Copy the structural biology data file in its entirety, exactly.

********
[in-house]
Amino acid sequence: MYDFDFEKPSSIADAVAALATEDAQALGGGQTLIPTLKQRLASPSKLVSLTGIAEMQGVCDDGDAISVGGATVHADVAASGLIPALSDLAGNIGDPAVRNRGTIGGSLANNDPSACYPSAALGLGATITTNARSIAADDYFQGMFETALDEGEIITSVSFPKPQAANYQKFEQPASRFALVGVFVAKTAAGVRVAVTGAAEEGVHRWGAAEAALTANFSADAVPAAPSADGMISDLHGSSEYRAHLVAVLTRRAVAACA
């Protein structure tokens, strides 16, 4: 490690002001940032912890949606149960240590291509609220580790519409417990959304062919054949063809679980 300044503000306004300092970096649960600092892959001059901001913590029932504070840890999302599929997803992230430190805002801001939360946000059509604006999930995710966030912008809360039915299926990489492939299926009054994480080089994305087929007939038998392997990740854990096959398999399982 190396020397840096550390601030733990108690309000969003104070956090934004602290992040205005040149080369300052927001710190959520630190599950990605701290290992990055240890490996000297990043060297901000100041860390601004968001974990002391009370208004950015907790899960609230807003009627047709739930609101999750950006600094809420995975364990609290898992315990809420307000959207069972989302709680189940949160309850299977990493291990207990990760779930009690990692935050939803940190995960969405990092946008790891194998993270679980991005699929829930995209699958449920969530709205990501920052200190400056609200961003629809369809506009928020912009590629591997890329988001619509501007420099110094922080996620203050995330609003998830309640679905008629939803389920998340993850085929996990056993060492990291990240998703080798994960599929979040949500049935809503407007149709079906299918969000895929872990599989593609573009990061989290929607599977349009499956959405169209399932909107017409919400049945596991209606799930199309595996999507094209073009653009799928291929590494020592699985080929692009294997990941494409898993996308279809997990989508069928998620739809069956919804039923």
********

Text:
[in-house]
Amino acid sequence: MYDFDFEKPSSIADAVAALATEDAQALGGGQTLIPTLKQRLASPSKLVSLTGIAEMQGVCDDGDAISVGGATVHADVAASGLIPALSDLAGNIGDPAVRNRGTIGGSLANNDPSACYPSAALGLGATITTNARSIAADDYFQGMFETALDEGEIITSVSFPKPQAANYQKFEQPASRFALVGVFVAKTAAGVRVAVTGAAEEGVHRWGAAEAALTANFSADAVPAAPSADGMISDLHGSSEYRAHLVAVLTRRAVAACA
């Protein structure tokens, strides 16, 4: 490690002001940032912890949606149960240590291509609220580790519409417990959304062919054949063809679980 300044503000306004300092970096649960600092892959001059901001913590029932504070840890999302599929997803992230430190805002801001939360946000059509604006999930995710966030912008809360039915299926990489492939299926009054994480080089994305087929007939038998392997990740854990096959398999399982 190396020397840096550390601030733990108690309000969003104070956090934004602290992040205005040149080369300052927001710190959520630190599950990605701290290992990055240890490996000297990043060297901000100041860390601004968001974990002391009370208004950015907790899960609230807003009627047709739930609101999750950006600094809420995975364990609290898992315990809420307000959207069972989302709680189940949160309850299977990493291990207990990760779930009690990692935050939803940190995960969405990092946008790891194998993270679980991005699929829930995209699958449920969530709205990501920052200190400056609200961003629809369809506009928020912009590629591997890329988001619509501007420099110094922080996620203050995330609003998830309640679905008629939803389920998340993850085929996990056993060492990291990240998703080798994960599929979040949500049935809503407007149709079906299918969000895929872990599989593609573009990061989290929607599977349009499956959405169209399932909107017409919400049945596991209606799930199309595996999507094209073009653009799928291929590494020592699985080929692009294997990941494409898993996308279809997990989508069928998620739809069956919804039923």